He concluded: ''But we want to become a top team as soon as possible.''









Schu ramps up physical regime
(GMMf1NET -- Feb.2) Michael Schumacher is either a glutton for punishment, or he is ramping up his physical condition ahead of March's new grand prix season.

Ferrari's German, the oldest driver on the grid at 37, was spotted testing at Valencia on Wednesday with weights attached to either side of his scarlet crash helmet.

The method would exaggerate the level of g-force felt by the seven time world champion in corners, thus strengthening his neck.

Schumacher admitted recently that one of his failings in 2005 was not doing a 'particularly good job' in terms of physical fitness.

He said: ''I can do better.

''With age, certainly, things don't get easier -- I have to train harder.

''What happened last year sort of woke me up and pinpointed the areas where I have to improve.

''You can be certain I will be there with 100 per cent preparation (in 2006).''









Two-wheeled row hits F1 stage
(GMMf1NET -- Feb.2) A motorcycling rivalry has spilled into the world of formula one, with Max Biaggi mockingly offering to teach MotoGP champion Valentino Rossi how to drive a four wheel racer.

Biaggi, the axed Honda rider, recently tested for Midland's MF1 team at a sodden Silverstone track, before countryman Rossi joined the group Valencia action this week and spun on his eleventh bend.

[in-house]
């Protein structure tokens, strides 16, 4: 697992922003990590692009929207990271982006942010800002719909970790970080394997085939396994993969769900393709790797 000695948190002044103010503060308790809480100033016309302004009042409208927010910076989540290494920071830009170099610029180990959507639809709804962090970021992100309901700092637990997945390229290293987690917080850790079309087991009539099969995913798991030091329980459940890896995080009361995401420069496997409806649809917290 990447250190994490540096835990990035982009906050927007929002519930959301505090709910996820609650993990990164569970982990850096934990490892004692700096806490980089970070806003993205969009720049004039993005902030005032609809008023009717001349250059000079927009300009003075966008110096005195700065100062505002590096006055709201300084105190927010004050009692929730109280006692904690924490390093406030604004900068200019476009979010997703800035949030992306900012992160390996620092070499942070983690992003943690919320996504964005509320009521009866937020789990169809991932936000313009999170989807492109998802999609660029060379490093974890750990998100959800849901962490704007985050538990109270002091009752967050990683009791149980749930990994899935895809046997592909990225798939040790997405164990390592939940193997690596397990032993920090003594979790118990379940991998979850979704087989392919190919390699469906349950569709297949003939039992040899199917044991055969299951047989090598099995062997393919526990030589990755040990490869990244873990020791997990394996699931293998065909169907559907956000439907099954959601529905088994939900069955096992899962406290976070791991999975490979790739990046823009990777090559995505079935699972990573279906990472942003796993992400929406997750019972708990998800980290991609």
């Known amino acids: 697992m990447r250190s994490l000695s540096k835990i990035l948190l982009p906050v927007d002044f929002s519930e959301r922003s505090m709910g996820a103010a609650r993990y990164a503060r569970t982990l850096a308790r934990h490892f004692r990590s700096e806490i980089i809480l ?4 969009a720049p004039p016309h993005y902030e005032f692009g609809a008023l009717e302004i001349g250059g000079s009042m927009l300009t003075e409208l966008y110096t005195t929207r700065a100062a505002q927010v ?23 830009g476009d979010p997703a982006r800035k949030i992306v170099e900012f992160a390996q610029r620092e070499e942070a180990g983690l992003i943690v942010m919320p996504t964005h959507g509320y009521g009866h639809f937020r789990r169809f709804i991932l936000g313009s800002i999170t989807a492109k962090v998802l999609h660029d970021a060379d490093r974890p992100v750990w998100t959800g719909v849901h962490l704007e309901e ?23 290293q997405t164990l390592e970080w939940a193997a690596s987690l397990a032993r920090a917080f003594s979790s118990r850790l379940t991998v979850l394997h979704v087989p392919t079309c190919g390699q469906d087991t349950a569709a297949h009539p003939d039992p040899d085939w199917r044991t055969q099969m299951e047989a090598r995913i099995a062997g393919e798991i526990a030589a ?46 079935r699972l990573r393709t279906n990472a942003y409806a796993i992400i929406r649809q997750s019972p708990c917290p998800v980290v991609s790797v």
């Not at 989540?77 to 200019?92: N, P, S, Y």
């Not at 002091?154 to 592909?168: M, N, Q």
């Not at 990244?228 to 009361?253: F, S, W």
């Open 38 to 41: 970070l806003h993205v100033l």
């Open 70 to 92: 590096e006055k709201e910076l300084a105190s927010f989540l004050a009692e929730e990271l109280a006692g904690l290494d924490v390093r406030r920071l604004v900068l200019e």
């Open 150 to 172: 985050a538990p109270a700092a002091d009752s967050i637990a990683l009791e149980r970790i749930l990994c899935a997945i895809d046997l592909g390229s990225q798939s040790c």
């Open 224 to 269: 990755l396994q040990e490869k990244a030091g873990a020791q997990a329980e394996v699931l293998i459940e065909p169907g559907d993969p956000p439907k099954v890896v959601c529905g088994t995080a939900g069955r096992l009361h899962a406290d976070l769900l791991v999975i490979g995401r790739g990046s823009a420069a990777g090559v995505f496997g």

''I could have explained to him how to keep a formula one car going straight,'' Biaggi chimed to the Gazzetta dello Sport
'paper.

Ferrari's five time world champion Michael Schumacher, however, might have brought the pair back down to earth by suggesting that switching from two wheels to four is not nearly as challenging as vice versa.

The German tried a Ducati MotoGP bike last December at Mugello, and ended up about 20 seconds off the real pace.

''Going from two wheels to four, we've seen in the past that this can be done,'' Schumacher said.









Alonso feels 'less pressure'
(GMMf1NET -- Feb.2) Fernando Alonso says he feels less pressure attacking the 2006 season as world champion.

Fending off gossip that his McLaren defection plus the expectation of defending his drivers' title had ramped up the pressure, the 24-year-old reckons he has already proved his worth.

''People always said that I was one of the new talents,'' Spanish-born Alonso said this week.

''So if that is true, sooner or later you have to confirm your reputation before it is gone. I have done that.''

On the 2006 grid, there are only three world champions -- Alonso, the youngest ever, plus Michael Schumacher and 1997's Jacques Villeneuve.

Alonso said: ''So I see it that there is more pressure on the other 19.''









Head confirms Webber 'bollocking'
(GMMf1NET -- Feb.2) Williams' Patrick Head has confirmed that he sat down for a face to face 'bollocking' with Mark Webber last season.

With Australian driver Webber arguably underperforming in 2005, the team's co-owner and engineering director says the trio - completed by Sir Frank Williams - got together to clear the air.

''Mark had come to a team where he expected to have the opportunity to win,'' Head told the Australian Herald Sun 'paper.

''He certainly was quite disillusioned.''

60-year-old Head, with a reputation for grumpy moods and a lack of tolerance for prima donna drivers, revealed that the crunch meeting took place at the Grove factory.

He said: ''The bollocking was in both directions.

''After that, Mark's season got back on track.''

Although neither 29-year-old Webber nor the F1 team in Oxfordshire were entirely happy with Mark's performances last year, Patrick Head suggested that he is a potential winner.

He agreed: ''Mark is exceptionally fast.''